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Passport to Suez (1943)

6.3
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Ratings: 6.3/10 from 135 users  
Reviews: 9 user | 1 critic

The Lone Wolf undercover to foil the Nazis stealing the plans!

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Title: Passport to Suez (1943)

Passport to Suez (1943) on IMDb 6.3/10

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Cast

Complete credited cast:
Warren William ...
Ann Savage ...
Valerie King
Eric Blore ...
Robert Stanford ...
Donald Jameson
...
Johnny Booth
...
Fritz
Gavin Muir ...
Karl
Rest of cast listed alphabetically:
Eddie Kane ...
(scenes deleted)
Jack Lee ...
(scenes deleted)
Stanley Price ...
(scenes deleted)
Edit

Storyline

The Lone Wolf undercover to foil the Nazis stealing the plans!

Add Full Plot | Add Synopsis

Plot Keywords:

detective | spy | sequel

Taglines:

FICTION'S FAMOUS RASCAL takes on a formidable hotbed of spies!

Genres:

Comedy | Crime | Thriller

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Details

Country:

Language:

Release Date:

19 August 1943 (USA)  »

Also Known As:

A Night of Adventure  »

Company Credits

Show detailed on  »

Technical Specs

Runtime:

Sound Mix:

(Western Electric Mirrophonic Recording)

Aspect Ratio:

1.37 : 1
See  »
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Did You Know?

Goofs

When "Fritz" (played by Lloyd Bridges) is speaking to his employer, he takes out a cigarette case, offers one to him, then removes one for himself. He taps it on the case. In the next instant, when the camera changes to the angle behind him, the cigarette is already in his mouth. See more »

Connections

Follows Secrets of the Lone Wolf (1941) See more »

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User Reviews

 
Who win Africa wins the war.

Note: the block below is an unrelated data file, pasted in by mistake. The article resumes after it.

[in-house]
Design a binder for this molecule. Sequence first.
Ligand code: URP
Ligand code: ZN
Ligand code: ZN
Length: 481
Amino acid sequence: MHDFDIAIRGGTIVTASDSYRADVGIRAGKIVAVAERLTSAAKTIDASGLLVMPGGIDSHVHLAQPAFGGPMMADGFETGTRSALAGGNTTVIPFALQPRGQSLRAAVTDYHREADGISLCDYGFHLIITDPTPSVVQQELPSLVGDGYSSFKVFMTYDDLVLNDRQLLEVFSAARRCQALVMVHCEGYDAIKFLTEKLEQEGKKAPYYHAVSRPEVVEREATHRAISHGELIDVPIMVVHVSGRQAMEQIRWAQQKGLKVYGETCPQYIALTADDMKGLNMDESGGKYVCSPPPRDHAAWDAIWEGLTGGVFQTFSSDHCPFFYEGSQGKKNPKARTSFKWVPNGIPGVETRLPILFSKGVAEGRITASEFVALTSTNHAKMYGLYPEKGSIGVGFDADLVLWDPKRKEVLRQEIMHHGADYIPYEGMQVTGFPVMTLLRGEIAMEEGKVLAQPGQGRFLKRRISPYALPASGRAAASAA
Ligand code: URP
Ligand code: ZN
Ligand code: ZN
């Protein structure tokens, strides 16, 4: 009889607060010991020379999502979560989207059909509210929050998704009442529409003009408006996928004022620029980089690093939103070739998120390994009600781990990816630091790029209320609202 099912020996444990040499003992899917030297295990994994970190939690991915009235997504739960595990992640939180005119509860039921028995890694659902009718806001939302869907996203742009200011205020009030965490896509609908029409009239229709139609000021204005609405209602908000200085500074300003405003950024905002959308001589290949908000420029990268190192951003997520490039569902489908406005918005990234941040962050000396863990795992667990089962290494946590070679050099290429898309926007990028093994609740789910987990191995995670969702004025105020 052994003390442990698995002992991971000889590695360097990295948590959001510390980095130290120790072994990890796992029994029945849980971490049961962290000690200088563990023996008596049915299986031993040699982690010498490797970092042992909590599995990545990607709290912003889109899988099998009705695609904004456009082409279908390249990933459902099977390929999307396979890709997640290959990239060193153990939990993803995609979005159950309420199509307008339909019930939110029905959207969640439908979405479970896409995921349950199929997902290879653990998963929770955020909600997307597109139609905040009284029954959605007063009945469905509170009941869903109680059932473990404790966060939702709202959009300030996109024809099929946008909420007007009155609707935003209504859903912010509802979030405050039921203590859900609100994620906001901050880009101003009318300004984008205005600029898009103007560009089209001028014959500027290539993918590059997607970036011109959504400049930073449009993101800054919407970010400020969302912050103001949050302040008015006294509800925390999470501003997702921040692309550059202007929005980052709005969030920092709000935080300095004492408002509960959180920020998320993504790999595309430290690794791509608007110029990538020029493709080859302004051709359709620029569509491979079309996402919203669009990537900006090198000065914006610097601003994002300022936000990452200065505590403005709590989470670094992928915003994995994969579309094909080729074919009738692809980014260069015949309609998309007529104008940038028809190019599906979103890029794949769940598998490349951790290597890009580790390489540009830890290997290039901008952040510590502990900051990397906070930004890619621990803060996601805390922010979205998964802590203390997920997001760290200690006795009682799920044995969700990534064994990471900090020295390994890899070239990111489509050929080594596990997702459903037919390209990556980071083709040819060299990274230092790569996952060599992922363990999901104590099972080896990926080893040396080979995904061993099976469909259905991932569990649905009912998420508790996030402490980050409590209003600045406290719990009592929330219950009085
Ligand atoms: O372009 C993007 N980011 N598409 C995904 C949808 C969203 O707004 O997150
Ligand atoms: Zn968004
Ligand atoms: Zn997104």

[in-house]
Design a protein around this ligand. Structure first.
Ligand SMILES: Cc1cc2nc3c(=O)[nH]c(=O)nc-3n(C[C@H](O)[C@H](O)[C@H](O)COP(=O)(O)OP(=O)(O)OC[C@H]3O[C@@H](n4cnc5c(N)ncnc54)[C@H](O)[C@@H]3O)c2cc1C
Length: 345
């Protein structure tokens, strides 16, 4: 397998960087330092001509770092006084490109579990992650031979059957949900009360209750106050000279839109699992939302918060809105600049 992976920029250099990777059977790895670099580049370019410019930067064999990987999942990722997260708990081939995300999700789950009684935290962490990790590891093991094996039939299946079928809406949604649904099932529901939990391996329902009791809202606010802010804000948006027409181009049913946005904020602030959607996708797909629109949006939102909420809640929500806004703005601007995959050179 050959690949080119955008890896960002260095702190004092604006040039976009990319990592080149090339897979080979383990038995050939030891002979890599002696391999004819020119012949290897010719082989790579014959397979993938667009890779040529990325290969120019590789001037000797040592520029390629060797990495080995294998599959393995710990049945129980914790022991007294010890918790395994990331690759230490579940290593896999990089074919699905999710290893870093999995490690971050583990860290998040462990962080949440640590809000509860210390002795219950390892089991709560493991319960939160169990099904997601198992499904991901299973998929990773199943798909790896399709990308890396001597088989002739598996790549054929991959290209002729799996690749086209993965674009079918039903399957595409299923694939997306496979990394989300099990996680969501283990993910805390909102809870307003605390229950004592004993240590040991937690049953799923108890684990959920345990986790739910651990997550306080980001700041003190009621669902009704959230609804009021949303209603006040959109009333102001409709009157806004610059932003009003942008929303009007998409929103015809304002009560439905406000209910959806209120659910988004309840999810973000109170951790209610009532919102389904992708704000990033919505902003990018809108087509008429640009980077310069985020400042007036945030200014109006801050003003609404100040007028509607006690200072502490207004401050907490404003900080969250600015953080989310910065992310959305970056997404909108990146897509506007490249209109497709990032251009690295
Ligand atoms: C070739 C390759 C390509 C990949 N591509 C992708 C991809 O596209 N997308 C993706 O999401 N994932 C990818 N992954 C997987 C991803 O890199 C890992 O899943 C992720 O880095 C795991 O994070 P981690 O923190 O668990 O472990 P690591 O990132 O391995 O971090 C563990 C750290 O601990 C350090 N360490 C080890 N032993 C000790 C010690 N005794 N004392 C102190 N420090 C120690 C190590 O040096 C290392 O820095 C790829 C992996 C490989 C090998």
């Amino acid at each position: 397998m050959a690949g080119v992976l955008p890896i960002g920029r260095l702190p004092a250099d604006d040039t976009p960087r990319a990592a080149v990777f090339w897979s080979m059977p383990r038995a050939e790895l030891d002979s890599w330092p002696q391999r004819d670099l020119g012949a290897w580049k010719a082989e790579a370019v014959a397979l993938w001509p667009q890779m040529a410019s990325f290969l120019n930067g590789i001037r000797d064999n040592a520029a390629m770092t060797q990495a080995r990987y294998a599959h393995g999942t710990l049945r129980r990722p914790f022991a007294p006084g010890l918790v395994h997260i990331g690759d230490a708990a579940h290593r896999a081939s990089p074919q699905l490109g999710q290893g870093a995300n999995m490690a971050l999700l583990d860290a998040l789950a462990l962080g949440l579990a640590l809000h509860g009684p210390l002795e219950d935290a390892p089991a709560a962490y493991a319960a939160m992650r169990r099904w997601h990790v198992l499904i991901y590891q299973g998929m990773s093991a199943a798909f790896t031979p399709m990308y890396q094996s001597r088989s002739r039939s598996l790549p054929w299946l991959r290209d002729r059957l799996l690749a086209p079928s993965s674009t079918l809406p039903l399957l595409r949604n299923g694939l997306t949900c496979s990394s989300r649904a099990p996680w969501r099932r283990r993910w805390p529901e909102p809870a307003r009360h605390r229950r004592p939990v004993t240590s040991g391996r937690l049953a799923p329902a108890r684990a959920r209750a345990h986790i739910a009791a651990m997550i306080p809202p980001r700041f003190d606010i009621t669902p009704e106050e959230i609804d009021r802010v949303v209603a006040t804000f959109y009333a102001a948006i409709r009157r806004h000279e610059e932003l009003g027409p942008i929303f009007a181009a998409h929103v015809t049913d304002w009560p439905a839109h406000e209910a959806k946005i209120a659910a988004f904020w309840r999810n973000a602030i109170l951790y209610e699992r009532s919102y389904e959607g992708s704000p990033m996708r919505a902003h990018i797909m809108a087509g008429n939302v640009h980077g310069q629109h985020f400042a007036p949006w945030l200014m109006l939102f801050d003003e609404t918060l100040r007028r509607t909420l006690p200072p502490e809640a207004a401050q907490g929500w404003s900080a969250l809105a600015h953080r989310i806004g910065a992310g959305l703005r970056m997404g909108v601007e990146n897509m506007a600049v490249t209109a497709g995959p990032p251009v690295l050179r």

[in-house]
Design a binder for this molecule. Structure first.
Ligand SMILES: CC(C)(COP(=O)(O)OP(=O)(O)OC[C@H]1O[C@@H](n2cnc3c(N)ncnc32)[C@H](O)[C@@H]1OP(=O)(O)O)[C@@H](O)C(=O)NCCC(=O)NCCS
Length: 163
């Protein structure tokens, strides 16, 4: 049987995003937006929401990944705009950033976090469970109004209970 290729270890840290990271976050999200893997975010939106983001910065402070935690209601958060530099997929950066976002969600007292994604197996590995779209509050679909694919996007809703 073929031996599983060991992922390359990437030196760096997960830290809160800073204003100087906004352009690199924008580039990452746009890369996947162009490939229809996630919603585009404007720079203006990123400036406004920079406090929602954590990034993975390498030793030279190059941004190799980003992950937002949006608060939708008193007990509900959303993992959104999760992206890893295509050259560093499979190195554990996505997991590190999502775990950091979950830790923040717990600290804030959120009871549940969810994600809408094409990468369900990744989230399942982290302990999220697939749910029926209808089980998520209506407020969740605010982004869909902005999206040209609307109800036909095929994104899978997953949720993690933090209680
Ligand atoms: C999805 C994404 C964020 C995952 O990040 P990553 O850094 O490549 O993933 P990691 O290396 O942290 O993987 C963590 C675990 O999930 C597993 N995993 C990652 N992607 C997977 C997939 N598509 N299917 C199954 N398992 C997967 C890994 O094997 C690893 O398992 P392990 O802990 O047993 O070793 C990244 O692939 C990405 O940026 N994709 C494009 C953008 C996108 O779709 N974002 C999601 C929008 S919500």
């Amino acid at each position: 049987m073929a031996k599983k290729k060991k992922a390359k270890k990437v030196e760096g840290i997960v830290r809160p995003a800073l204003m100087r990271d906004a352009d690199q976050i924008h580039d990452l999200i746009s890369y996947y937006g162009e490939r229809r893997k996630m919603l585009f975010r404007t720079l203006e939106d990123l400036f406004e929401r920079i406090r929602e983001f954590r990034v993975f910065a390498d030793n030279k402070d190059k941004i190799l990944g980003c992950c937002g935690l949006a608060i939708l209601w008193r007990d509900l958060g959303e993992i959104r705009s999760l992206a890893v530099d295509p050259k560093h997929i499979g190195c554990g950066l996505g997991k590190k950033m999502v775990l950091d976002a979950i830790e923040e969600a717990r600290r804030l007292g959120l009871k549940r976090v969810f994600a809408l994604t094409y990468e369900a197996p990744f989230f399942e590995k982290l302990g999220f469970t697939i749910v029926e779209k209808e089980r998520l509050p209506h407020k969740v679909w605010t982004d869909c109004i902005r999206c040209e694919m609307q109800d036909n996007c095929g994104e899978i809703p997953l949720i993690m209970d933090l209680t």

The importance of the Suez Canal in World War II cannot be overstated, except in this movie where it seems grossly understated. Correspondent/spy Valerie Blore (as played by Ann Savage) correctly appraised the situation when she says: "Whoever wins Africa wins the war." The Suez Canal was pivotal to the shipping of petroleum from the oil rich nations to Germany, which required fuel both for production and for keeping its armor moving and its airplanes flying. Control of North Africa meant control of the Suez. Even more so, it would solidify the grandiose plan of physically linking Japan with Germany, a plan not likely to be effectuated. Still, this movie loosely addresses the problem of Axis control if certain secret information is leaked to the enemy.

As a film, if never quite stresses danger, with most of the action related to incidental elements: the engagement of Donald Jameson (Robert Stanford) to Valerie King, the bar owned by Johnny Booth (Sheldon Leonard), and the silly activities of the three counted-spies, whose movie names just happen to be Whistler, Rembrandt, and Cezanne. Most of the time the acting seems preoccupied with something other than what is happening. All in all, it seems a typical Lone Wolf movie where the danger of a nazi submarine lurking to get secret information is only slightly more important than the flowers in the hotel room. A major saving grace for this film is the acting of Eric Blore (as Jameson) who putters around as a sort of mini Winston Churchill.


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